The Body of Benchers (BoB) has set up a three-member committee to investigate the payment of about N800 million to a contractor by the Secretary of the National Judicial Council (NJC), Mr. Ahmed Gambo Saleh, CITY LAWYER can authoritatively report.

Impeccable sources told CITY LAWYER that the probe was as a result of an “alarm” raised by former Court of Appeal President and Member of the BoB Building Committee, Hon. Justice Umaru Abdullahi concerning payment of the money to the contractor “without following due process.”

One of the sources told CITY LAWYER that the former Court of Appeal helmsman has a “prominent role in monitoring and payments.” The Building Committee is chaired by Mrs. Hairat Balogun, unanimously elected the first female Chairman of the Body of Benchers in 1998.

Appointed on February 24, 2022, the investigative panel is headed by Senator Mike Ajegbo SAN. Other members are former Chief Judge of FCT High Court and current Chairman of the Legal Practitioners Disciplinary Committee (LPDC), Justice Ishaq Bello and Mr. Adeniji Kazeem SAN.

The payment was made in respect of the Body of Benchers building which was funded by the NJC, with Saleh as the “Accounting Officer,” said the source.

CITY LAWYER gathered that a crisis of confidence may also be rocking the committee as a member of the investigative panel is alleged to be a Director in the beneficiary company.

There are strong indications that the committee’s report will be presented by the committee at the next meeting of the Body of Benchers scheduled for September 29, 2022.

CITY LAWYER was unable to reach the former Supreme Court Chief Registrar for comments, as repeated calls to his verified telephone number returned the message that the telephone was “switched off.” A text message to the telephone number did not receive any response at press time.

Saleh joined the Supreme Court in 2008 as a Special Assistant to the Chief Justice of Nigeria. Between 2010 and 2014, he was the Deputy Chief Registrar (Litigation Department). He was elevated to the position of Chief Registrar in 2014, until July 1, 2017 when he was appointed Secretary of the National Judicial Council.

He was recently accused of involvement in a N10 billion “bribe and federal racketeering” allegedly being investigated by the Economic and Financial Crimes Commission (EFCC). The report was however promptly dismissed by NJC spokesman, Mr. Soji Oye who stated that the allegation was aimed to “smear the good image of Ahmed Gambo Saleh at all cost.”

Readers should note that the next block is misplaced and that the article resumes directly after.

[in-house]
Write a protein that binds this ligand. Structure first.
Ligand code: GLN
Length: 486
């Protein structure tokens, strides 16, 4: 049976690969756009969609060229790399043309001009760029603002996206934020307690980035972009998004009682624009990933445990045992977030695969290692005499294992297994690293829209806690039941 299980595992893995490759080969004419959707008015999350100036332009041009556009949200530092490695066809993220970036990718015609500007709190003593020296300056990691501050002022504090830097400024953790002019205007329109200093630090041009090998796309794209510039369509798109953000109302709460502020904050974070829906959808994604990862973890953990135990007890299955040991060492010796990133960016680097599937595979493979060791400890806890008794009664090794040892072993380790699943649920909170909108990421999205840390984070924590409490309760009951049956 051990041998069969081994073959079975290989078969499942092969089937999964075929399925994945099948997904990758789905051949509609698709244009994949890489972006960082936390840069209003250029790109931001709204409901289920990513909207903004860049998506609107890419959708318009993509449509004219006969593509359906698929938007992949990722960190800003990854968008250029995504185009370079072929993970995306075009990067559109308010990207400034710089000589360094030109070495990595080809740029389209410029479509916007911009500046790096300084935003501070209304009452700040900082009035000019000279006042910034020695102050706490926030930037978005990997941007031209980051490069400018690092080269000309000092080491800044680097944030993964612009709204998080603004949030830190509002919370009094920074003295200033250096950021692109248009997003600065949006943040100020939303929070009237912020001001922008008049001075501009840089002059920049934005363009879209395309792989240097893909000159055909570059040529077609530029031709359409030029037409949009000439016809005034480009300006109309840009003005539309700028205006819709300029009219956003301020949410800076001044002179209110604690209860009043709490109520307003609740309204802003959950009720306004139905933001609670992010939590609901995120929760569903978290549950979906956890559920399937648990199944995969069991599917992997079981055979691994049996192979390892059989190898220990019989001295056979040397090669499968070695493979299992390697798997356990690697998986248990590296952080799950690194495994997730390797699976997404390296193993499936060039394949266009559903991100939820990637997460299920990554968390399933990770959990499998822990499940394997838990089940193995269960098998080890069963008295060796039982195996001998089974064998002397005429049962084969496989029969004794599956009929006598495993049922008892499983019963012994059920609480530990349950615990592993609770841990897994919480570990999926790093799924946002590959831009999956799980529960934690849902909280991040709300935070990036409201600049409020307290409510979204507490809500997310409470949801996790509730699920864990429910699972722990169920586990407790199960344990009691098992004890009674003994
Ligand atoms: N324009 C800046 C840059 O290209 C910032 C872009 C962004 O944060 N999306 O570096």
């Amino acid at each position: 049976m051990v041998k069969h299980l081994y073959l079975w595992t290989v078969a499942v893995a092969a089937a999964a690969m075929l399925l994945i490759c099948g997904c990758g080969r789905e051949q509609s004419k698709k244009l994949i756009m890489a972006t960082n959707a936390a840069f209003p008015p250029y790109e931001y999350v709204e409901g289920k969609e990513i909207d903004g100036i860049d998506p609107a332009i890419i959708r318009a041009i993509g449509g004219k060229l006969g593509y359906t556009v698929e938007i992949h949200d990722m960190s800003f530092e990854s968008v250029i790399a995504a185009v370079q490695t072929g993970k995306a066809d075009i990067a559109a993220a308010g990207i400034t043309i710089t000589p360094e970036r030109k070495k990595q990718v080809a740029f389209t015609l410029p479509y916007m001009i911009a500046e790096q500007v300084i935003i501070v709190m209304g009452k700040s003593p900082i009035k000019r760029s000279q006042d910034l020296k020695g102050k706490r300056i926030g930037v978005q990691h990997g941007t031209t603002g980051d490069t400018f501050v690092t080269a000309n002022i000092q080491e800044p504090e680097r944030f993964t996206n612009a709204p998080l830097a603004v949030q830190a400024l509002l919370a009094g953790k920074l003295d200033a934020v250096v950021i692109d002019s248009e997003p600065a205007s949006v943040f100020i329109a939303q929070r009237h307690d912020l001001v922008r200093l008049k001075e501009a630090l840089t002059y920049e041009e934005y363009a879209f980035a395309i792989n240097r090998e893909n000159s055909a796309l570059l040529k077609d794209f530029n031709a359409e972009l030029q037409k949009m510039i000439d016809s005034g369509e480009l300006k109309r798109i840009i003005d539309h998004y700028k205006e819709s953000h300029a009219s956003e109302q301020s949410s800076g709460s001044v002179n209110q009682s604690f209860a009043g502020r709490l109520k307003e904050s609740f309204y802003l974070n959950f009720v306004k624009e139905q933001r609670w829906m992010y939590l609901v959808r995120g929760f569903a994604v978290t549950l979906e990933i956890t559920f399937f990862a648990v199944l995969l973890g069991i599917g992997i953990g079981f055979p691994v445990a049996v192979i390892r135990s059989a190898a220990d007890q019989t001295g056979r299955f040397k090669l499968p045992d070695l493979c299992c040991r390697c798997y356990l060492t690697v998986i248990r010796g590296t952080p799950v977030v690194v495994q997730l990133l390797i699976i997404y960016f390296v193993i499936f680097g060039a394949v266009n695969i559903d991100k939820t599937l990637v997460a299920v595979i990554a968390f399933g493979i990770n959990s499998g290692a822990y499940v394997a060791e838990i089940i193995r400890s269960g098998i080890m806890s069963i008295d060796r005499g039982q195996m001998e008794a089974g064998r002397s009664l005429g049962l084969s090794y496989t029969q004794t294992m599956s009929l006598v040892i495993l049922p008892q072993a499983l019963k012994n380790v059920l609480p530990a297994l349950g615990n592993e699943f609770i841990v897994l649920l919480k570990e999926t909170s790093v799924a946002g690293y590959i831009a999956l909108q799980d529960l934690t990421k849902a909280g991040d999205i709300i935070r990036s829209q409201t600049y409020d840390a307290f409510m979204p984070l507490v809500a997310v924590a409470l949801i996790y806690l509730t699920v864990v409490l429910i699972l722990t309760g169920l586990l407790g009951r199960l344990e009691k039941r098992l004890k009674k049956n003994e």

According to Oye, “It is imperative for the members of the public to be aware that before his emergence as the secretary of the NJC, some forces who tried to scuttle his appointment as the secretary of the council have re-emerged with antics aimed at tarnishing his image and bringing his good name to disrepute.”

He said that “It is on record that these forces, in a bid to stop his emergence as the NJC Secretary after the interview to consider his appointment, came up with false allegations in the media alleging that he had diverted N2.2 billion from the Supreme Court from 2009 to 2016 on the day the council meeting was to hold.”

The NJC also dismissed the charges filed against Saleh by the Federal Government in November 2016, saying the case was withdrawn by the Attorney-General of the Federation because “the charges could not be substantiated”. It added that “It should be noted that there has never been a time when Mr. Saleh admitted committing any crime before anybody or law court.”

The NJC stated that “The sponsors of these malicious allegations believe they own the Judiciary and nobody can become anything within the Judiciary without their approval.

“It is important to reiterate that there is no iota of credibility in the petition as they are not after the truth but are out to smear the good image of Ahmed Gambo Saleh at all cost.”

CITY LAWYER recalls that the Attorney-General and Minister of Justice, Mr. Abubakar Malami (SAN) had, while speaking at a recent Nigerian Bar Association (NBA) Justice Sector Summit in Abuja, taken a swipe at the Judiciary for lack of transparency and accountability, asking why the N104 billion provided for the Judiciary in the 2021 Budget was insufficient. He stated that the Executive was not in a position to answer “because their (judiciary’s) books are not open.”

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